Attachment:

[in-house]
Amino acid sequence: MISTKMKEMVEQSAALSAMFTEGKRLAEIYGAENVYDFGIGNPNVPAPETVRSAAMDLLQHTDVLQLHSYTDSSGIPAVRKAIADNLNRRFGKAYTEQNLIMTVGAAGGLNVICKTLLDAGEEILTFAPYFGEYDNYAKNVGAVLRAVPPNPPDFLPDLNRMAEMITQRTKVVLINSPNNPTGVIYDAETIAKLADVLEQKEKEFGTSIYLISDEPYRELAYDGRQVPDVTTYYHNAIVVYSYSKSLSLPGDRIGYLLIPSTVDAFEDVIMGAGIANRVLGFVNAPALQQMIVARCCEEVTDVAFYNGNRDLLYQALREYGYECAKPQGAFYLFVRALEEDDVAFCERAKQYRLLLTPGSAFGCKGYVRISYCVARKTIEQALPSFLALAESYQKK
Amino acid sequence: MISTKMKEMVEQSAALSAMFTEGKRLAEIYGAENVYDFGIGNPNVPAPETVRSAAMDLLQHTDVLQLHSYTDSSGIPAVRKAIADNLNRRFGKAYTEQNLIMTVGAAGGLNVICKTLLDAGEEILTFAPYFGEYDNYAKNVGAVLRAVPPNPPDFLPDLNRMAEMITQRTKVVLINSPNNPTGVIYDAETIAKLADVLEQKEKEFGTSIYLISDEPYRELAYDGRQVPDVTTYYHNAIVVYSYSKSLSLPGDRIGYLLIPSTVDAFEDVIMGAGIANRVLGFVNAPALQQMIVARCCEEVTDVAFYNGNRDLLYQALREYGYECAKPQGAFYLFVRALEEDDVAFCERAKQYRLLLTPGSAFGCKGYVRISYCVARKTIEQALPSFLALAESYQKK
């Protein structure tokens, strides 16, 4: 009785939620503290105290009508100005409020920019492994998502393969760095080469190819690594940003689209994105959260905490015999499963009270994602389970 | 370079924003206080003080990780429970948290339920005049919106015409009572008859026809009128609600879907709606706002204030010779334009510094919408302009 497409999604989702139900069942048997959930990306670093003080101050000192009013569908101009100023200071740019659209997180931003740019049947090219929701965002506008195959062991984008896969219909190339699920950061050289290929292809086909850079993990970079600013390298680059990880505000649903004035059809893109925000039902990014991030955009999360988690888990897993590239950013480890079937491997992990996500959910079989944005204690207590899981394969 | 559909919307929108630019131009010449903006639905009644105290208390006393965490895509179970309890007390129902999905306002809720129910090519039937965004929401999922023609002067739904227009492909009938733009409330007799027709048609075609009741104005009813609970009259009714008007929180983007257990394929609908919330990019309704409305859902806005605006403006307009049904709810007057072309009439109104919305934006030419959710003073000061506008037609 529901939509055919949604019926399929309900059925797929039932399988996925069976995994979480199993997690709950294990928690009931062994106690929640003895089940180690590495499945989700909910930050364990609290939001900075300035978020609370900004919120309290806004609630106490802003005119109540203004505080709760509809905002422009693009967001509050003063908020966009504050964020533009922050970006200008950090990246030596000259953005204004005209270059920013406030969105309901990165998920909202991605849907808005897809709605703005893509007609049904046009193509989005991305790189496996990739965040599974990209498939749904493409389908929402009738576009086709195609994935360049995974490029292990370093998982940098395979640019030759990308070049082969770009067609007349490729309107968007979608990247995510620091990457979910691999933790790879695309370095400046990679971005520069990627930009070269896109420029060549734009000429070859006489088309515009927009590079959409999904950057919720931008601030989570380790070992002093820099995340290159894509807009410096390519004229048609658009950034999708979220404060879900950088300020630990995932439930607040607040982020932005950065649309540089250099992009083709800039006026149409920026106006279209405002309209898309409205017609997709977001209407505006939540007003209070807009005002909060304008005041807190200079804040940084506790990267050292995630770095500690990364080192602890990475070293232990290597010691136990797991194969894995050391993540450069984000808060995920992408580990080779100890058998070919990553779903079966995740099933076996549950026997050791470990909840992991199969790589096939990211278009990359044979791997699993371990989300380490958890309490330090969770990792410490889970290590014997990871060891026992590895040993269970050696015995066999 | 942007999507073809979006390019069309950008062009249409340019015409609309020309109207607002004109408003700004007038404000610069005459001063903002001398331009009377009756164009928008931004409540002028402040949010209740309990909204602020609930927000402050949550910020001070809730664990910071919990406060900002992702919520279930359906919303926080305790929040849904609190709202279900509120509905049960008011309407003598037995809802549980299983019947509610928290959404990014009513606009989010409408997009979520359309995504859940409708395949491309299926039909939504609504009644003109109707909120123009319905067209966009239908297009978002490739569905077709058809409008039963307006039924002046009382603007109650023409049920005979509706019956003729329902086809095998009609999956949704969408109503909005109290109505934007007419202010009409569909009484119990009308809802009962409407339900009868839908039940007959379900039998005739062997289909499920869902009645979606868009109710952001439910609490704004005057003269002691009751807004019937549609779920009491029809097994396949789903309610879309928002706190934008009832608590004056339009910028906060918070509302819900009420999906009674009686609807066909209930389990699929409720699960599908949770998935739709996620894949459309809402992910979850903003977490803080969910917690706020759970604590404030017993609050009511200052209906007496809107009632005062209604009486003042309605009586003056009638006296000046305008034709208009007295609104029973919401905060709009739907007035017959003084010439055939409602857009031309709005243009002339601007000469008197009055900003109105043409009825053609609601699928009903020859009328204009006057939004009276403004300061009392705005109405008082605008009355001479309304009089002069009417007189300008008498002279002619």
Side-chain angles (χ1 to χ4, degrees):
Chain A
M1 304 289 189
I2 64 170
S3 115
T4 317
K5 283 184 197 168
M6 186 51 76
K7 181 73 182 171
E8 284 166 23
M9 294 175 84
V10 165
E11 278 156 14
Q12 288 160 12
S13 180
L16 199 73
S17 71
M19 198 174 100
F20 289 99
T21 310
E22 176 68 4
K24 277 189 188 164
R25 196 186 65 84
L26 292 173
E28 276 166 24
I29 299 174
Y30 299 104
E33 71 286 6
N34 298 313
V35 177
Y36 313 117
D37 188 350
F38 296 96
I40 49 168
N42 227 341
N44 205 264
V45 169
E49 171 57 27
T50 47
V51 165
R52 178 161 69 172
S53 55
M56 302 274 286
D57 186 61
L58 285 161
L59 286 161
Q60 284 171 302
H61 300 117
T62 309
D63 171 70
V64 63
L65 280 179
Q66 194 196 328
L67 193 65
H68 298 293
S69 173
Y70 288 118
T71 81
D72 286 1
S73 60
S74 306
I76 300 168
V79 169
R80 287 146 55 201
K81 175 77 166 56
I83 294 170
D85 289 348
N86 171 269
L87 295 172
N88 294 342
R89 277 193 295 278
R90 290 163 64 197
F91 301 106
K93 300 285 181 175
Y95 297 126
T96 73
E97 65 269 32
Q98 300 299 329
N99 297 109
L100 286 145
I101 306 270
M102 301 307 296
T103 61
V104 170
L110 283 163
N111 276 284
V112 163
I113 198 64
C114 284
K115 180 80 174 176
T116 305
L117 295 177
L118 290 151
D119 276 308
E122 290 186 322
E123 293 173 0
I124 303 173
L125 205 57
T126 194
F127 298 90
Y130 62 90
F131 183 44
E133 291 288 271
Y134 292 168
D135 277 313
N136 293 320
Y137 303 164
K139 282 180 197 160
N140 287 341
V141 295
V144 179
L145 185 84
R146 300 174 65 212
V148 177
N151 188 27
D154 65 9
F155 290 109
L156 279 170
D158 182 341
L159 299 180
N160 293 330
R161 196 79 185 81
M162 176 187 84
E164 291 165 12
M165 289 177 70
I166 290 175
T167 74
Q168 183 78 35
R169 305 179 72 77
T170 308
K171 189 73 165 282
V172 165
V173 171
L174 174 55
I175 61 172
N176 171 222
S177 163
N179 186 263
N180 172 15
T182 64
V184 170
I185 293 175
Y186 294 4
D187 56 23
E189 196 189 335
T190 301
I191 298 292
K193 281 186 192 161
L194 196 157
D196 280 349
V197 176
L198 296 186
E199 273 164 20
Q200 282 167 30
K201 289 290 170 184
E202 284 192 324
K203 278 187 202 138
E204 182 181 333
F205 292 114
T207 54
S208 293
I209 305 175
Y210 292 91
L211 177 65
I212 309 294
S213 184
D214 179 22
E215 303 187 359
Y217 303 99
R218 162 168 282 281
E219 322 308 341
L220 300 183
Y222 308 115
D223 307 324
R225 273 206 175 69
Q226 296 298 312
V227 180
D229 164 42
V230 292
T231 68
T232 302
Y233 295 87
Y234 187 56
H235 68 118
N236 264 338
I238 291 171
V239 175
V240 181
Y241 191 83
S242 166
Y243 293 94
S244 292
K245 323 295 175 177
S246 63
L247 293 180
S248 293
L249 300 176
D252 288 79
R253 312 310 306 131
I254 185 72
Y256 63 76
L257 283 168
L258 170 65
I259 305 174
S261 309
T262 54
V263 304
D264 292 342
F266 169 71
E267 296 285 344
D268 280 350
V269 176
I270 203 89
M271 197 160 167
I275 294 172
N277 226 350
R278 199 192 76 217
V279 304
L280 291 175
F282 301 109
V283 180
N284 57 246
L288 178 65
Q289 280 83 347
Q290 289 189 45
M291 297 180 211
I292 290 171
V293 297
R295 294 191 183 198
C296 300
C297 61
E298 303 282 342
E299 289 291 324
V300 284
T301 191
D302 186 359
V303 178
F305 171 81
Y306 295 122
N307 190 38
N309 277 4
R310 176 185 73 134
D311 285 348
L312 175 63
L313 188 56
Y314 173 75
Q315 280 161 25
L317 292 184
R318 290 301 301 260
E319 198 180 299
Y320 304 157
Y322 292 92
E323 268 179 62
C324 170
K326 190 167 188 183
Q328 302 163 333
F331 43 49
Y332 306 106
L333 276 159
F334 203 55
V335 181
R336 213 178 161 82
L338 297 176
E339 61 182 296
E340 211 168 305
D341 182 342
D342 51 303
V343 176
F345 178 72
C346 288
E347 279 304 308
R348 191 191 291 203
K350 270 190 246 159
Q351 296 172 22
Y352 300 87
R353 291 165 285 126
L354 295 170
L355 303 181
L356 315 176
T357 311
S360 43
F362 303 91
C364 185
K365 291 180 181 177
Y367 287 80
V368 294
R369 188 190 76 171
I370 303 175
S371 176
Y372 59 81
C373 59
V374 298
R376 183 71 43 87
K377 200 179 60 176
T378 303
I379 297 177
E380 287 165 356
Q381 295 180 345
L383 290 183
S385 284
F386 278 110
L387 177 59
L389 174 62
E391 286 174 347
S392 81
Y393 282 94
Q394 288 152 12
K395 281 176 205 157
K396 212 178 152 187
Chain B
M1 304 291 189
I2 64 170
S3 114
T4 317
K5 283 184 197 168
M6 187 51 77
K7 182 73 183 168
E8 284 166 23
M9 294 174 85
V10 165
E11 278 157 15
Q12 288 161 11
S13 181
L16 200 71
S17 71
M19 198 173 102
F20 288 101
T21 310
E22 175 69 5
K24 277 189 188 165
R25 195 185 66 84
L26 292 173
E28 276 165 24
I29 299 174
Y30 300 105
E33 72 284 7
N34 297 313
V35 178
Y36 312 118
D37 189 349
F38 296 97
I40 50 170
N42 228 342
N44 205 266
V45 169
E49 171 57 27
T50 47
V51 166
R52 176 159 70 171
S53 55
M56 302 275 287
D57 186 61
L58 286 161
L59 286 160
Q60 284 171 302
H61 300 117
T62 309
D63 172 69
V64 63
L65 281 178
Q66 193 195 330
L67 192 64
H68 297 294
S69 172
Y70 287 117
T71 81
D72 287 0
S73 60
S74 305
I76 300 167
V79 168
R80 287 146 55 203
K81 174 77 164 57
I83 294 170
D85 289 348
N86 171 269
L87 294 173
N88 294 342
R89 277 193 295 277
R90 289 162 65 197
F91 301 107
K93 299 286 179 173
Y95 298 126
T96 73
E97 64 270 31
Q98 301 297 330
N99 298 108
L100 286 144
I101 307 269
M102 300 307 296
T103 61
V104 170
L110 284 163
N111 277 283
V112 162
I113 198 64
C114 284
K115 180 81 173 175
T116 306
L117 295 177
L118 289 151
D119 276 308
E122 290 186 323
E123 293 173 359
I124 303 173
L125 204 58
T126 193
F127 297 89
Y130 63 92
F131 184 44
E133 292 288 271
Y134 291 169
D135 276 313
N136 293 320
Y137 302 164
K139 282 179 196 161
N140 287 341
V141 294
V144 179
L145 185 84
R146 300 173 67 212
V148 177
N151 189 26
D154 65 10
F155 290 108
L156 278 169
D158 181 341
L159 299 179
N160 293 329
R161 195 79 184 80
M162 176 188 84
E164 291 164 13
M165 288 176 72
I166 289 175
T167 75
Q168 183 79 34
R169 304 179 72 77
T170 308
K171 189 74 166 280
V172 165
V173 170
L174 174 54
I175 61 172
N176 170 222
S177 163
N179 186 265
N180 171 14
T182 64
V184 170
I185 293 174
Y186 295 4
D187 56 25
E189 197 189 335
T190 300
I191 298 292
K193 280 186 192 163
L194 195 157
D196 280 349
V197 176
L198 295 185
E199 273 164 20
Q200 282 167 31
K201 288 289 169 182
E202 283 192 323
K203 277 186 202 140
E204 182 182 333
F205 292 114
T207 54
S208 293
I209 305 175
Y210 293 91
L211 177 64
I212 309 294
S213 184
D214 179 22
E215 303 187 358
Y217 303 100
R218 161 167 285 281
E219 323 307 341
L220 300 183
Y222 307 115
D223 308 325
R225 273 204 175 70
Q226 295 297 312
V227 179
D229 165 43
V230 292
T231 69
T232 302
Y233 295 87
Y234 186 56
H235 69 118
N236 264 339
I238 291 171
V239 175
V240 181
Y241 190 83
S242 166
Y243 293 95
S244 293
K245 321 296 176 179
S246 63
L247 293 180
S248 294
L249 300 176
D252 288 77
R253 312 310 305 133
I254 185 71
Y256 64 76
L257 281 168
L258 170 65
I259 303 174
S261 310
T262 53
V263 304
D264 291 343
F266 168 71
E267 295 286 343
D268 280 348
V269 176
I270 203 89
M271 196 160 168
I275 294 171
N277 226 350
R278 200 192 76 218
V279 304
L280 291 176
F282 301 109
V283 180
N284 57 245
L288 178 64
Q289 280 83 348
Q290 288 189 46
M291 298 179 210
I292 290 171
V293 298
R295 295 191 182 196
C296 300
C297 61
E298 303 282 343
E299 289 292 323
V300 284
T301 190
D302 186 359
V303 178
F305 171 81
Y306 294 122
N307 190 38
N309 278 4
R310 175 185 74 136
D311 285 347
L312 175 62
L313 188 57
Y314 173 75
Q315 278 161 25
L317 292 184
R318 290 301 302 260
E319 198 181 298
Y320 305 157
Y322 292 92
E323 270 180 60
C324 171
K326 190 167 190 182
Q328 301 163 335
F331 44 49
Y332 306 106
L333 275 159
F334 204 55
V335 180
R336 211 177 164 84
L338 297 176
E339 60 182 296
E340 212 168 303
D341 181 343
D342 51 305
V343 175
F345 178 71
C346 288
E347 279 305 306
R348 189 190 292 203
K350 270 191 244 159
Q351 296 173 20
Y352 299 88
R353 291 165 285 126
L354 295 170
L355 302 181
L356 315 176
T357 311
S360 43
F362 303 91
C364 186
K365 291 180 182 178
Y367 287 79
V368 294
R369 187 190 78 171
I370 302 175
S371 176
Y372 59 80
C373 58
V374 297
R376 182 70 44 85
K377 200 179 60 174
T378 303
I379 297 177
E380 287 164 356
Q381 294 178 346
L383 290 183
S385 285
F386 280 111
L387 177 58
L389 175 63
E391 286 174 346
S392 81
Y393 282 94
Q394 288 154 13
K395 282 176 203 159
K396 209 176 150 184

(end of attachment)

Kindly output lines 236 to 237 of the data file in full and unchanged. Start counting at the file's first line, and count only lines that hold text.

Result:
E298 303 282 342
E299 289 291 324